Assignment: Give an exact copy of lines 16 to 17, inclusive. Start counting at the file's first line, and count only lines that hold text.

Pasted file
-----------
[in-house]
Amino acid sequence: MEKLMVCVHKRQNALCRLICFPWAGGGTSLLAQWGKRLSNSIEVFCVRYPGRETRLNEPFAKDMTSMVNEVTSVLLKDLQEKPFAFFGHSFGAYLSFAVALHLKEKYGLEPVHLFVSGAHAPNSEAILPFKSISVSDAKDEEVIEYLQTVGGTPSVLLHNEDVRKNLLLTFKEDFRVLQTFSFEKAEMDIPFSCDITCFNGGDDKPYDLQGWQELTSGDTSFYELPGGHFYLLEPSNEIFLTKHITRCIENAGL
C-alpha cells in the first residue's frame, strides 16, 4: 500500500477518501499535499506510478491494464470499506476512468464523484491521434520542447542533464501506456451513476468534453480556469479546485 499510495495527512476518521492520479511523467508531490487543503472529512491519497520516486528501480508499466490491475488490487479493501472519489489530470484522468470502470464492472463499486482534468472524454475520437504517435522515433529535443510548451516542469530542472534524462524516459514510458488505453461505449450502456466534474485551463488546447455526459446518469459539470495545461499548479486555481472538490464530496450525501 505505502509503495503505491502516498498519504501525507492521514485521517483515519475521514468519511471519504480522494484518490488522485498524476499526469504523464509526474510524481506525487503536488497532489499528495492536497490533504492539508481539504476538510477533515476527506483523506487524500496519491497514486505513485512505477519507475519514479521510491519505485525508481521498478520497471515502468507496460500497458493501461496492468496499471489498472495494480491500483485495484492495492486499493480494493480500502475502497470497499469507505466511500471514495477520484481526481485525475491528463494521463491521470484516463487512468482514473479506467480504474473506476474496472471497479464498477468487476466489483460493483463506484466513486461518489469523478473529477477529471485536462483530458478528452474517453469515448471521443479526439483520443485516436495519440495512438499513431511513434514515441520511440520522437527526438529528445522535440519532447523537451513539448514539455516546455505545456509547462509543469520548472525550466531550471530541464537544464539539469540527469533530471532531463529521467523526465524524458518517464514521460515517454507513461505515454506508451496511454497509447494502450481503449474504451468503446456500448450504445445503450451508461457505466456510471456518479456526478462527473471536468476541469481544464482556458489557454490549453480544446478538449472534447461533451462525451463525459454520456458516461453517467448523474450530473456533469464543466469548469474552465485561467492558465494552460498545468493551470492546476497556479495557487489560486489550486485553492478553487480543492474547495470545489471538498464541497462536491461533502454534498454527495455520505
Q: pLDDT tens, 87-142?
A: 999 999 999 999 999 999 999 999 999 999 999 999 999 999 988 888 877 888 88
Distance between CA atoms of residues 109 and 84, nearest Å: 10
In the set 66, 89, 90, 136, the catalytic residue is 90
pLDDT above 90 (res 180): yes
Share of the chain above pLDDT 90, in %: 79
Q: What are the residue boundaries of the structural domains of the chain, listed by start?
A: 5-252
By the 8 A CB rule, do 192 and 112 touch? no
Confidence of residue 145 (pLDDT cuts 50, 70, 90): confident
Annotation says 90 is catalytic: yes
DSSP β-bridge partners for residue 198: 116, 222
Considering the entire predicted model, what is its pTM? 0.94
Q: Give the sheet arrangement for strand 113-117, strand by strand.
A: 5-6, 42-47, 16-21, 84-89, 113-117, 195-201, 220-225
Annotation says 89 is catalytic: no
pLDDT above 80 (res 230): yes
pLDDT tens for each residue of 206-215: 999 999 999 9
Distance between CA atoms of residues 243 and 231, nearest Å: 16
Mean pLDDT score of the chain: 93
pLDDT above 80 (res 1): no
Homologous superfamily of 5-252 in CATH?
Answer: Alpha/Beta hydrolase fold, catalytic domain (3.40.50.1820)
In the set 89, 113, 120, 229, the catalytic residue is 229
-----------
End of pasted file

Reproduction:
Considering the entire predicted model, what is its pTM? 0.94
Q: Give the sheet arrangement for strand 113-117, strand by strand.